The Broke and the Bookish. Every week they post a new topic that the participants come up with a top ten list for.
This week's topic is either top ten contemporary books that would be great paired with a required reading book (e.g. Catcher in the Rye with Perks of being a Wallflower) OR top ten books we wish were taught in schools
I am listing books I think would be great taught in schools because I simply don't know what's required reading for Americans/UK citizens. I'm also trying to limit myself to new-ish books because I guess the Classics are usually taught and I think this is about highlighting books that are not taught but should be?
In no particular order...
John Green - Looking For Alaska
This is the only Green books I've read so far but I enjoyed it a lot! It poses a lot of big questions but it's still very much a teen book, with authentic voice and a fairly realistic depiction of boarding school life and the kind of stuff teens get up to. It would certainly provide plenty of stuff for class discussion (drugs, alcohol, sex, sticking together vs ratting)
Markus Zusak - The Book Thief
I think a lot of schools might teach Anne Frank's Diary but The Book Thief would also be a great choice when it comes to talking about World War Two. It has a very broad perspective, it's humorous as well as serious and it discusses the persecution of more groups than just the Jews.
Douglas Coupland - Generation X
This is a wonderful book about the power of stories as well as about how we work ourselves to the bone for nearly nothing - overeducated and underemployed. It really makes you think about your own life!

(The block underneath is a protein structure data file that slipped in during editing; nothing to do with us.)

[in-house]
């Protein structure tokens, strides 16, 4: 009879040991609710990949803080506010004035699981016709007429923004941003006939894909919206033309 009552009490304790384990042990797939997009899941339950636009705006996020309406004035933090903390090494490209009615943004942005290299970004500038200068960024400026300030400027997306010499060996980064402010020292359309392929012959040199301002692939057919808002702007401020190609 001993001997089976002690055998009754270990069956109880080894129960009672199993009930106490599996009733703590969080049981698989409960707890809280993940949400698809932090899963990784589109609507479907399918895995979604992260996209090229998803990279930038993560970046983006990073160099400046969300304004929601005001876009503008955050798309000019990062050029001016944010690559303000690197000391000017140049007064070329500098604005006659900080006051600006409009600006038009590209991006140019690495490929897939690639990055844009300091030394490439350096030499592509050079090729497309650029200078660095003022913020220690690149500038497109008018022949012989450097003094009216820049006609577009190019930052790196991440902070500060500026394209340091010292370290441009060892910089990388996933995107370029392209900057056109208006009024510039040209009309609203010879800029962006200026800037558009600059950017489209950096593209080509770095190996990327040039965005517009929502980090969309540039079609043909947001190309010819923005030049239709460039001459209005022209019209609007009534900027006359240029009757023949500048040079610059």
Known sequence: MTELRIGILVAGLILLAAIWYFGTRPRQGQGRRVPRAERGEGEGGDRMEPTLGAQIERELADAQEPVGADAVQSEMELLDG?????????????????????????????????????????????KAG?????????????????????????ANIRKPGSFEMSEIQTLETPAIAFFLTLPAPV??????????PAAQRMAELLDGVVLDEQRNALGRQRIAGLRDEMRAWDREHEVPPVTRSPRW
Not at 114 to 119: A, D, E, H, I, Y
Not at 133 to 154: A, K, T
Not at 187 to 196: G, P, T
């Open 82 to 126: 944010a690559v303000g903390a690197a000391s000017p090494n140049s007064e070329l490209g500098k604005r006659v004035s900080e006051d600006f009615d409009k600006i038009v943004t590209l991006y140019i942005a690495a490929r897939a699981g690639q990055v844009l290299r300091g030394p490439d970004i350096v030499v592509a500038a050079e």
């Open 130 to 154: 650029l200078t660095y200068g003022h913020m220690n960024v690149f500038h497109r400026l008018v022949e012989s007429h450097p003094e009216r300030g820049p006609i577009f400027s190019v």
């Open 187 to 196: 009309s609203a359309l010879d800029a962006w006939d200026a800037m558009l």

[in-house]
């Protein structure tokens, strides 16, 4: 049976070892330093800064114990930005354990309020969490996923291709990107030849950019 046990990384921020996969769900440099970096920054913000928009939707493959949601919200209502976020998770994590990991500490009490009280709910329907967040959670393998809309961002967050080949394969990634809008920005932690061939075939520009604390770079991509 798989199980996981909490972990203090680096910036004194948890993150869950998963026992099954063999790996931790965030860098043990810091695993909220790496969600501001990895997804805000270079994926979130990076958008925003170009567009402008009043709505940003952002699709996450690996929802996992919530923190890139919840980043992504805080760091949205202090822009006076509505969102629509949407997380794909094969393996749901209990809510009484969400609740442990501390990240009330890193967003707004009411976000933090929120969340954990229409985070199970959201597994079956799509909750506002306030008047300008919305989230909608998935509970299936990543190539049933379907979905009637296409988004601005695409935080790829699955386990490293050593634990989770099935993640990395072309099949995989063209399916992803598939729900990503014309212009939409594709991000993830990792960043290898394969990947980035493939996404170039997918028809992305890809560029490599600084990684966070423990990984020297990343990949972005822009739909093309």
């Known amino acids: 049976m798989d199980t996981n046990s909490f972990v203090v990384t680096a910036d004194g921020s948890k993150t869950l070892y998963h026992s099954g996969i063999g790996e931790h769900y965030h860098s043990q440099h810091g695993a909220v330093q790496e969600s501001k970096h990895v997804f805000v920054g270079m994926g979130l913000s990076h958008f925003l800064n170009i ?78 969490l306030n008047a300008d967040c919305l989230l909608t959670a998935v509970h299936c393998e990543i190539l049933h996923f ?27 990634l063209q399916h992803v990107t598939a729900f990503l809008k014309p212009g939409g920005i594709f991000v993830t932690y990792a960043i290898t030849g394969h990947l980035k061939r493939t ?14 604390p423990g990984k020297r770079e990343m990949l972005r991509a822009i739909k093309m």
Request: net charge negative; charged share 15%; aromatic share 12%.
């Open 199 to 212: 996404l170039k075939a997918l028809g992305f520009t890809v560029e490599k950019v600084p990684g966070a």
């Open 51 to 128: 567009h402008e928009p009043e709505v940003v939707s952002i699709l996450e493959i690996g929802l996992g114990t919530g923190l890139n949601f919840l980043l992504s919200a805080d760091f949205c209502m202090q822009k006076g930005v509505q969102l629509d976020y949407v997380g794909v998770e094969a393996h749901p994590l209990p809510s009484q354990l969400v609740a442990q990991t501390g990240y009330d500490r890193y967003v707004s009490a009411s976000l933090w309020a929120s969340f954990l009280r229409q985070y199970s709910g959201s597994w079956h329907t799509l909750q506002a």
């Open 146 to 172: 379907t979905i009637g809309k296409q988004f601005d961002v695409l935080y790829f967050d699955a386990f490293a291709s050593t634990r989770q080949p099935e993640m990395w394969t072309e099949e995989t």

Gayle Forman - If I Stay
It's such a powerful book and it asks so many hard questions!
Laurie Halse Anderson - Speak / Wintergirls
I've only read Wintergirls and I don't know if that one would be very good for class discussion (some of the things that might be said could have negative effects on girls who already have an eating disorder) but I know that Speak is about date rape, and I think that's a topic that should definitely be discussed openly! There are WAY too many people who still think there is such a thing as 'asking for it'. - BS.
Trish Cook & Brian Halpin - Notes from the Blender
First of all, Notes is so much fun! Second, it tackles a lot of teen problems like patchwork families, crazy hormones, depression. Also, it has a male and a female POV so both 'parts' of the class would have someone to identify with (you know, if they still think that guys can't identify with girl characters and vice versa).
Susanna Kaysen - Girl, Interrupted
I admit I've only seen the movie, but I found it very powerful!
Generally, I think that is should be books about characters who deal with real problems such as families broken by divorce, bullying, questioning beliefs, and topics like depression and suicide. I don't think teens need to be shielded from that - many live with these things on a day to day basis, others could profit from gaining some perspective on these issues. I think the books should also feature characters from different ethnic backgrounds and LGBT characters. Seeing the way such characters are portrayed in books might help to do away with prejudice.
Or maybe I'm just way too optimistic *shrug*
What do you think of my picks? Anything you think is glaringly missing or absolutely unsuitable?